|Publication number||US3149996 A|
|Publication date||Sep 22, 1964|
|Filing date||Nov 14, 1961|
|Priority date||Nov 16, 1960|
|Publication number||US 3149996 A, US 3149996A, US-A-3149996, US3149996 A, US3149996A|
|Inventors||Wagner Herbert, Merkel Erich|
|Original Assignee||Basf Ag|
|Export Citation||BiBTeX, EndNote, RefMan|
|Patent Citations (3), Referenced by (28), Classifications (10)|
|External Links: USPTO, USPTO Assignment, Espacenet|
Sept. 22, 1964 FIG. l
/BINDER pr-n.203 l cHLomm-z STYR ENE- ACRYLON|TRILE BUTADIENE- ACRYLONITRILE t'V}////H//////E STYRENE-CRYLONITRILE amoER +1 Fe2o3 vmYl. cHLoRl oE-vmvl. AcETArE emoen fe 203 POLYESTER INVENTORS: HEBERT WAGNER ERICH MERK l.
United States Patent O 3,149,996 MAGNETIC RECORD MEMBER Herbert Wagner and Erich Merkel, both of Ludwigshafen (Rhine), Germany, assignors to Badische Anilin- & Soda-Fabrik Aktiengesellschaft, Ludwigshafen (Rhine), Germany Filed Nov. 14, 1961, Ser. No. 152,173 Claims priority, application Germany Nov. 16, 1960 6 Claims. (Cl. 117-72) This invention relates to a magnetic record member comprising a tape as base or carrier and one or more layers applied thereto of a magnetizable substance incorporated in a binder. More particularly, the invention relates to a special binder adapted for use in making magnetic record members.
The active layer of magnetic record members, which consists of magnetizable substances linely dispersed in a binder, is in very close contact, during sound recording and reproduction, with the magnetic heads of the recording apparatus. For this reason, the active layer is subjected to heavy abrasion so that, afterfrequent sliding of the layer past the magnetic heads, the magnetic record member may become completely unlit for use andthe narrow gap between the magnetic heads is fouled by the abraded particles. To avoid these disadvantages, the binder should have maximum resistance to abrasion.
Binders which have hitherto been used in the manufacture of magnetic record members are polyvinyl chloride, vinyl chloride copolymers, polyacrylates, polycarbonates, polyurethanes, and varnishes based on epoxy resins. The said binders, however, have various disadvantages. Thus, active layers comprising polyvinyl chloride or vinyl chloride copolymers as binder show heavy abrasion, especially when they are subjected to high stresses, such as are encountered, for example, in apparatus for recording television impulses. When polycondensation resins are used, considerable diiliculties arise in coating the carrier tape because of the long drying periods or reaction periods required.`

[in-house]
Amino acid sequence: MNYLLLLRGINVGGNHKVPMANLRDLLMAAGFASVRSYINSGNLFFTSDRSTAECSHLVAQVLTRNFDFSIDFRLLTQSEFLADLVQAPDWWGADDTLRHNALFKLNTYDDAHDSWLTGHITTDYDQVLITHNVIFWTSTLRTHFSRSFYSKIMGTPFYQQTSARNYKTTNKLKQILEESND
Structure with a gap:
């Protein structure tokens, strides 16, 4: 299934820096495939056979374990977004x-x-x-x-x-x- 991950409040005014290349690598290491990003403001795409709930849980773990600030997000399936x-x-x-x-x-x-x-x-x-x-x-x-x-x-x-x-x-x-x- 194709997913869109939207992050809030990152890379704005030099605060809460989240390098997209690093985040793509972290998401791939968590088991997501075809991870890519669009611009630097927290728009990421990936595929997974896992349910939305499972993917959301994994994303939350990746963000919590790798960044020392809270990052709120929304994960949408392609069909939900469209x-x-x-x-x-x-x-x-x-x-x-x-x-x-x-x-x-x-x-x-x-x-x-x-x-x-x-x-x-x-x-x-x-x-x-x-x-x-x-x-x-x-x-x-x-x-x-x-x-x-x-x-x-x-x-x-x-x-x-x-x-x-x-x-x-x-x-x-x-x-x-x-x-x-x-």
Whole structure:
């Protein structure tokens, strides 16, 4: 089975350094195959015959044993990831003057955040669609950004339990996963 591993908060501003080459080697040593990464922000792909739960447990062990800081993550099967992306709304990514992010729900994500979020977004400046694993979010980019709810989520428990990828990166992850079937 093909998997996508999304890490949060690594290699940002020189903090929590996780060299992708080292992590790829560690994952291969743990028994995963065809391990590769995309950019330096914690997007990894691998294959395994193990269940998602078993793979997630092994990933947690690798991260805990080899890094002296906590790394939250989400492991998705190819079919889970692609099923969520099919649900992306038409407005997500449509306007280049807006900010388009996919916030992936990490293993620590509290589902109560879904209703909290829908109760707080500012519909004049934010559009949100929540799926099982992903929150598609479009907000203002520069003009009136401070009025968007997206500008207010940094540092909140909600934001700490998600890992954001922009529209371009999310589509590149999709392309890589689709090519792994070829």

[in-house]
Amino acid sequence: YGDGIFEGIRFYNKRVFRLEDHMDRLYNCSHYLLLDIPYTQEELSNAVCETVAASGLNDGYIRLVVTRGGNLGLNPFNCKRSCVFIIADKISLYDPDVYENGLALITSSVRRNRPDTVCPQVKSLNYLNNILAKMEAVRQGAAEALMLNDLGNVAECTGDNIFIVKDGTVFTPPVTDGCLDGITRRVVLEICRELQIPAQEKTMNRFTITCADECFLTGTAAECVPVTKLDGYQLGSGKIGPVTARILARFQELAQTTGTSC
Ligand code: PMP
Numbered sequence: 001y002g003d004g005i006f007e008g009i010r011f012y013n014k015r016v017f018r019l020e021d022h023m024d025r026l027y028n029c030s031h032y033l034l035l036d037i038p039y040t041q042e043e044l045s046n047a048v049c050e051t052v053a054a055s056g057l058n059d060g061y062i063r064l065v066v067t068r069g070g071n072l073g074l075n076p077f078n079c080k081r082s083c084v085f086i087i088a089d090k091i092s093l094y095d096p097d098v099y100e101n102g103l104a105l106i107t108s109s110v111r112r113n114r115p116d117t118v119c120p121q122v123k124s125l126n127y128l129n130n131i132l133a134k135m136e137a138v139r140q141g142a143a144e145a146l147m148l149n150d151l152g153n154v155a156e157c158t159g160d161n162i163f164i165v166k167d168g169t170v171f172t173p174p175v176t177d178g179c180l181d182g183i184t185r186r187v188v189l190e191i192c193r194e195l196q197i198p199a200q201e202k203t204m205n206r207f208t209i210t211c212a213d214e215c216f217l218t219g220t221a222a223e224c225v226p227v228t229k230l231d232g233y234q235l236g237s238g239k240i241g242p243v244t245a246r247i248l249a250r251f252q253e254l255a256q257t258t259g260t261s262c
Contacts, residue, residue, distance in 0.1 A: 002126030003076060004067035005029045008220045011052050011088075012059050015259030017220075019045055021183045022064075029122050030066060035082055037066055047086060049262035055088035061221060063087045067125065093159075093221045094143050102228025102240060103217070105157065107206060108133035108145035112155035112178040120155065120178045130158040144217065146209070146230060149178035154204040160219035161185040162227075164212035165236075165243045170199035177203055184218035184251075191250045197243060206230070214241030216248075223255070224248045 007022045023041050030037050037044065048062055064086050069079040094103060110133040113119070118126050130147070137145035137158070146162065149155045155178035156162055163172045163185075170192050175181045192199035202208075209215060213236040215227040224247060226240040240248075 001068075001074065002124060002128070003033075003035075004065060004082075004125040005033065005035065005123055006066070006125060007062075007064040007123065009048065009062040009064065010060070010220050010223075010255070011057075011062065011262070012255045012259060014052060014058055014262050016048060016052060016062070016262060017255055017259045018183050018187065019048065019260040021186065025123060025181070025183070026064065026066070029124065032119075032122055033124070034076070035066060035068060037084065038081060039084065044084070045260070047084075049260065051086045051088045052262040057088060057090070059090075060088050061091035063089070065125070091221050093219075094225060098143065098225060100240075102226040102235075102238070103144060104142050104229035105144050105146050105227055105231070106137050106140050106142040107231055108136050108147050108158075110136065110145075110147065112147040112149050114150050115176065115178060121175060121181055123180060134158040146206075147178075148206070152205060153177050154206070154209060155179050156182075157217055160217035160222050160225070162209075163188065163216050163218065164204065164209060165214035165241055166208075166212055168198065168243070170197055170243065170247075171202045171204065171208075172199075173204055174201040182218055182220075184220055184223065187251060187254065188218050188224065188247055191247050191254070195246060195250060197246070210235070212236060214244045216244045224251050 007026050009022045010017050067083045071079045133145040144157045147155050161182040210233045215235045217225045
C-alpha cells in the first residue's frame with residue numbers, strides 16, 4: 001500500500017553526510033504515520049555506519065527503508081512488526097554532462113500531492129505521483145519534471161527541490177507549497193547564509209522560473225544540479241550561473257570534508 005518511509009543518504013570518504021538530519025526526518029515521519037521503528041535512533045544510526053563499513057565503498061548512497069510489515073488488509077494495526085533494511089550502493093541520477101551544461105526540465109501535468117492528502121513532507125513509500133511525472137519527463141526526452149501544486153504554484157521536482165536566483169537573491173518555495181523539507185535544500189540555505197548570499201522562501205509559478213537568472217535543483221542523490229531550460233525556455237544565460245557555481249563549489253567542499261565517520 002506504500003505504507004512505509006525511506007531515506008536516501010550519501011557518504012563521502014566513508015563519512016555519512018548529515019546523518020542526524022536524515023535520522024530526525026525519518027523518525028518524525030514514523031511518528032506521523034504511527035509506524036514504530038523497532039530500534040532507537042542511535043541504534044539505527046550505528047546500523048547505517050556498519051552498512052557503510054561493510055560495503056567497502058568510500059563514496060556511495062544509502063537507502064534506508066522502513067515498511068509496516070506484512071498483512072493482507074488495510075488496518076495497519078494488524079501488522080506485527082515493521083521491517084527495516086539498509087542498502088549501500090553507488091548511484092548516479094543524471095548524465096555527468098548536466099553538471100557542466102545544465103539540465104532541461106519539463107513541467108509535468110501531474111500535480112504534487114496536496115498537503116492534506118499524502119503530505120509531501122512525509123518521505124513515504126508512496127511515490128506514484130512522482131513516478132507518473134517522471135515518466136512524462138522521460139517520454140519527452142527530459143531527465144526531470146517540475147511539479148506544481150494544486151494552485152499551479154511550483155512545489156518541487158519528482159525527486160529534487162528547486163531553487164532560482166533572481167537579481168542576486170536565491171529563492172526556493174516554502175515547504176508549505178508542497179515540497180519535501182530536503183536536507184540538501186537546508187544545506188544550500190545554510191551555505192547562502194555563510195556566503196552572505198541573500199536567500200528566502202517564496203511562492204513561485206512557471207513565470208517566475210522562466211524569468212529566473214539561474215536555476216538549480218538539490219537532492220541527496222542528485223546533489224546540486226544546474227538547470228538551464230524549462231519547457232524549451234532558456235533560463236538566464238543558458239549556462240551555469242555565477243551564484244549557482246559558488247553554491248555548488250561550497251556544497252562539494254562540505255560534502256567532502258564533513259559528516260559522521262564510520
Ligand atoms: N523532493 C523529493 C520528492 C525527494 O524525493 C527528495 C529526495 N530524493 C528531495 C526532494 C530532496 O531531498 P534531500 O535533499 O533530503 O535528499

We have found that the said disadvantages are obviated by using as binder, in at least one layer applied to a plastic carrier tape and containing a magnetizable substance, a copolymer of 60 to 90% by Weight, preferably 70 to 80% by weight, of styrene and 40 to 10% by weight, preferably 30 to 20% by weight, of acrylonitrile.
The copolymer used as binder should have a K-value of 60 to 80, advantageously of 68 to 75.
The ratio of binder to magnetizable substance is advantageously from 1:2 to 1:7. l,
As compared with the prior art binders, the'binder according to this inventioniis distinguished by several advantages. ln particular, it has extremely high resistance to abrasion, which can be determined by the following method: A magnetic `record member having the form of a tape and a certain degree of magnetization is run, at a certain contact pressure, past a surface 3 meters in length which has been roughened to a certain degree. The decrease in thickness of the active layer is then determined by electroacoustic measurement of the decrease in sensi- V tivity.